تکامل، جنسیت و حسادت: بررسی با نمونه از سوئد
|کد مقاله||سال انتشار||مقاله انگلیسی||ترجمه فارسی||تعداد کلمات|
|36450||1999||8 صفحه PDF||سفارش دهید||محاسبه نشده|
Publisher : Elsevier - Science Direct (الزویر - ساینس دایرکت)
Journal : Evolution and Human Behavior, Volume 20, Issue 2, March 1999, Pages 121–128
When asked to choose which would be most upsetting, a mate’s sexual or emotional infidelity, past research has demonstrated that men are more likely than women to choose sexual infidelity, whereas women are more likely than men to choose emotional infidelity. Explanation of this sex difference has been controversial. In the current study we attempted to replicate previous research by examining a sample of college students in Sweden. In doing so, we also investigated the “double-shot” explanation. In the current study, the majority of men chose the sexual infidelity scenario as most upsetting, whereas the majority of women chose the emotional infidelity scenario as most upsetting. Contrary to the double-shot explanation, choice of scenario was unrelated to attitudes regarding whether the other sex was capable of satisfying sexual relations outside of a love relationship.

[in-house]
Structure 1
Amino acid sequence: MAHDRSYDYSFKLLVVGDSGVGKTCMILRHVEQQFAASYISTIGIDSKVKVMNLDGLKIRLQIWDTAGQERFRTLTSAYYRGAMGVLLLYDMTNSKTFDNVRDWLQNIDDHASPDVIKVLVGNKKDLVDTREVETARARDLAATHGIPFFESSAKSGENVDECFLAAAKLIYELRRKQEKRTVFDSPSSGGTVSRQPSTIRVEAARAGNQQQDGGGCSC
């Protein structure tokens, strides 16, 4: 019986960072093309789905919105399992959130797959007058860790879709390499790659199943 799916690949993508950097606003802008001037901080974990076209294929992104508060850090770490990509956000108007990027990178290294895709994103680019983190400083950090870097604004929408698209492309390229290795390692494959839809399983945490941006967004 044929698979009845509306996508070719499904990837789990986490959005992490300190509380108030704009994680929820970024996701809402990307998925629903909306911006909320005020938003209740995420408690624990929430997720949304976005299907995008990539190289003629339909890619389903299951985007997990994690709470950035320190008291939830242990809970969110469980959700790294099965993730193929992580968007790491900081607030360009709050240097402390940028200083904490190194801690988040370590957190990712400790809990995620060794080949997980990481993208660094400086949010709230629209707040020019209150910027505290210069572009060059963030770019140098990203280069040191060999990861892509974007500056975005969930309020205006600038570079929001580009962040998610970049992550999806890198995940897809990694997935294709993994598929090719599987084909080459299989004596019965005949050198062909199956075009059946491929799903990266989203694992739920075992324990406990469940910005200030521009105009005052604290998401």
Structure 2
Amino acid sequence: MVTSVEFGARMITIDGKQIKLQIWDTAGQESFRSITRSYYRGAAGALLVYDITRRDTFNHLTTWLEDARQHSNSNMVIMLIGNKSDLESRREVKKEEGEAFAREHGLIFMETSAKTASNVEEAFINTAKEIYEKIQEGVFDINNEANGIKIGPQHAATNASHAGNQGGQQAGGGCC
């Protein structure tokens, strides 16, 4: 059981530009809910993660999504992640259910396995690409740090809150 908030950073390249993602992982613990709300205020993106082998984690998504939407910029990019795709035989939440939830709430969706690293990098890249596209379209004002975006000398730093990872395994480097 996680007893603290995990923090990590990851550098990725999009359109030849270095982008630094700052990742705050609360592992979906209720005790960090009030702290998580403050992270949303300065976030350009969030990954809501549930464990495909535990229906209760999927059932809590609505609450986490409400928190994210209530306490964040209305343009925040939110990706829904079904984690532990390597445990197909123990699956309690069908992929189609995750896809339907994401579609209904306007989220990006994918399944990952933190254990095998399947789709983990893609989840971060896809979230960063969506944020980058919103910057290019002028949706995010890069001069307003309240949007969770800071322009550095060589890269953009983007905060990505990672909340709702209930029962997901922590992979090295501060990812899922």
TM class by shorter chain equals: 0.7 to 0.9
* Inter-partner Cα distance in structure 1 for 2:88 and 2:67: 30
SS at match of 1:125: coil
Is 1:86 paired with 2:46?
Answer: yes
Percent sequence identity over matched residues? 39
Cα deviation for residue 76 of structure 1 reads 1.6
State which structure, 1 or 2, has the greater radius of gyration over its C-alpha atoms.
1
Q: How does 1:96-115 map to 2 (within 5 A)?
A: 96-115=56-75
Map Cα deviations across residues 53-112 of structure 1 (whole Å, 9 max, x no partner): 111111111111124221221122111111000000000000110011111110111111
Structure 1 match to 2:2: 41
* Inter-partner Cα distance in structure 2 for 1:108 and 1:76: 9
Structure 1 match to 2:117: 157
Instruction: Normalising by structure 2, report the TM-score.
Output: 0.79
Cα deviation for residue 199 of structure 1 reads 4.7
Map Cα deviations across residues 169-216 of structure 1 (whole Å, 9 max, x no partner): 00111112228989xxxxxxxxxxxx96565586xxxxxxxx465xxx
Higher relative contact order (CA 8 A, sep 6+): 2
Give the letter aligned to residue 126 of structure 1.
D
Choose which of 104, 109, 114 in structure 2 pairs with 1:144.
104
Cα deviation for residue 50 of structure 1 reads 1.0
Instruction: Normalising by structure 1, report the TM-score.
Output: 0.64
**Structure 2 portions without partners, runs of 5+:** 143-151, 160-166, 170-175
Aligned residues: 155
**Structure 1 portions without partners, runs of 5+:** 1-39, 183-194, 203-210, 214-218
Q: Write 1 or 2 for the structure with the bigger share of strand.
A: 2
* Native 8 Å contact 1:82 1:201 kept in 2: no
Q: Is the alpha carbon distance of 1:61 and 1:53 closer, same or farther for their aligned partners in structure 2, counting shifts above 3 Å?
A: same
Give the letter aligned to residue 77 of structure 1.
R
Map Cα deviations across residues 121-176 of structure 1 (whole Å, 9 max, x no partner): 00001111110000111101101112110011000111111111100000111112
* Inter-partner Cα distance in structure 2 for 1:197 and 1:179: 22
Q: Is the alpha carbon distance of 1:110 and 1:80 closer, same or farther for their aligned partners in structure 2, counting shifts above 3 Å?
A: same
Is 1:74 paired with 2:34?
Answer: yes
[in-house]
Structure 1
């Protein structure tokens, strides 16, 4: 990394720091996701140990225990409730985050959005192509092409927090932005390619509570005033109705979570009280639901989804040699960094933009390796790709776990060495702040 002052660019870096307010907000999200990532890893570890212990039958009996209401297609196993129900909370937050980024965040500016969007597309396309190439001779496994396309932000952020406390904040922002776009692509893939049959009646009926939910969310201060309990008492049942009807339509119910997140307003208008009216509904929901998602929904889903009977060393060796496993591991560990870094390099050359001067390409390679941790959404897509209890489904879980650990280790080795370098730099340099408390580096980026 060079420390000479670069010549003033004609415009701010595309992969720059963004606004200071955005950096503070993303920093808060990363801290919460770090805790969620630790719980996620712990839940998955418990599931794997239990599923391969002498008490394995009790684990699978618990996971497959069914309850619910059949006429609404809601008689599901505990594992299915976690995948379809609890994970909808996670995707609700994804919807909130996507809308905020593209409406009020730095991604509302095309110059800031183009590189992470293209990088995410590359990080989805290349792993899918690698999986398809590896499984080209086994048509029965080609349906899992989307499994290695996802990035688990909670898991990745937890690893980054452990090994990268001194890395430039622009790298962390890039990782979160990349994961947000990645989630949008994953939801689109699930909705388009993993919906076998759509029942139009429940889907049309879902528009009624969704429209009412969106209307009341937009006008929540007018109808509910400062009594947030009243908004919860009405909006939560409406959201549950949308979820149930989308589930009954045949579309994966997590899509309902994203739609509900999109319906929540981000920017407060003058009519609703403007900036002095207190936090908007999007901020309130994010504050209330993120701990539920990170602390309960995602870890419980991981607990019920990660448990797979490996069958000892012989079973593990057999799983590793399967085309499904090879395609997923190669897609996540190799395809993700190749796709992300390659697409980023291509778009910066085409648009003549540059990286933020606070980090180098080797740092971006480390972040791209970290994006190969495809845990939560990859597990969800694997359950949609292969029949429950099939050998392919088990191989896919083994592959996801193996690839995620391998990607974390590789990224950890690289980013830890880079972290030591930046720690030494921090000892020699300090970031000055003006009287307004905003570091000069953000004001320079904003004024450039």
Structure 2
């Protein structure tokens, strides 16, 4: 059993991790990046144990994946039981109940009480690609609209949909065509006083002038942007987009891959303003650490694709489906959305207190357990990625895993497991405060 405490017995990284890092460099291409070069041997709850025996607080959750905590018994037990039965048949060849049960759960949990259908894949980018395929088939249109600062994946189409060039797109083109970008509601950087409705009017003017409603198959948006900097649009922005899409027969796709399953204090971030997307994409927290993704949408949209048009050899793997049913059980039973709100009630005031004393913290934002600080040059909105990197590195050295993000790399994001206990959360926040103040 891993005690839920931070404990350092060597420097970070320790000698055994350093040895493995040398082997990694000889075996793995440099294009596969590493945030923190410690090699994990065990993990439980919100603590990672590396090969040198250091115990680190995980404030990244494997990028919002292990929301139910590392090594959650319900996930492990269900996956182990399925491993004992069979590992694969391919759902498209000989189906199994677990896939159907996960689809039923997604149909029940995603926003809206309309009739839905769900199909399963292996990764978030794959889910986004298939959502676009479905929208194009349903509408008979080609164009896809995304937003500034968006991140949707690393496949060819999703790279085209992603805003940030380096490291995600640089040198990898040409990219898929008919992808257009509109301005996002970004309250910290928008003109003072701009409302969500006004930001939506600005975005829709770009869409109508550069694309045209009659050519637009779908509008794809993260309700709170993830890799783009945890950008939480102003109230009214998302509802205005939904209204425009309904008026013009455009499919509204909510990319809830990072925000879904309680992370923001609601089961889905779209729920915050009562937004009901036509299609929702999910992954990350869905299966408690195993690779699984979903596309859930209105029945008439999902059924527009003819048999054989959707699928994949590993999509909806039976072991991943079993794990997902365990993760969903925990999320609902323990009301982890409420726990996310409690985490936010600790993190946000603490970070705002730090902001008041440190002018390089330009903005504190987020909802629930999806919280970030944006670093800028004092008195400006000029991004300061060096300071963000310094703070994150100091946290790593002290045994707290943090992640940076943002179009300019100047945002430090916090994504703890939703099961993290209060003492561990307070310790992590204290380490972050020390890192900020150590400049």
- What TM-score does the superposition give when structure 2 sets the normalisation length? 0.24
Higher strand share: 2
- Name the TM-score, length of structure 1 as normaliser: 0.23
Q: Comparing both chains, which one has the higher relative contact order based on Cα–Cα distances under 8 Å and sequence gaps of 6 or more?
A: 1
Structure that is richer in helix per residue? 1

More than 50 years ago Alfred Kinsey noted that men appear to be more concerned about the sexual aspects of a mate’s potential infidelity, whereas women appear to be more concerned about lost attention, emotional investment, and love from their mate (Kinsey et al. 1948: 592). More recently, writers have attempted to explain the evolutionary origins of these apparent sex differences Daly and Wilson 1983, Daly et al. 1982 and Wilson and Daly 1992. Specifically, sex differences in confidence of parenthood and the roles members of each sex play in childrearing have been used to explain why men and women can be expected to be differentially sensitive to cues of sexual versus emotional infidelity, respectively Buss et al. 1992, Symons 1979 and Wiederman and Allgeier 1993. Has recent empirical research supported such a claim?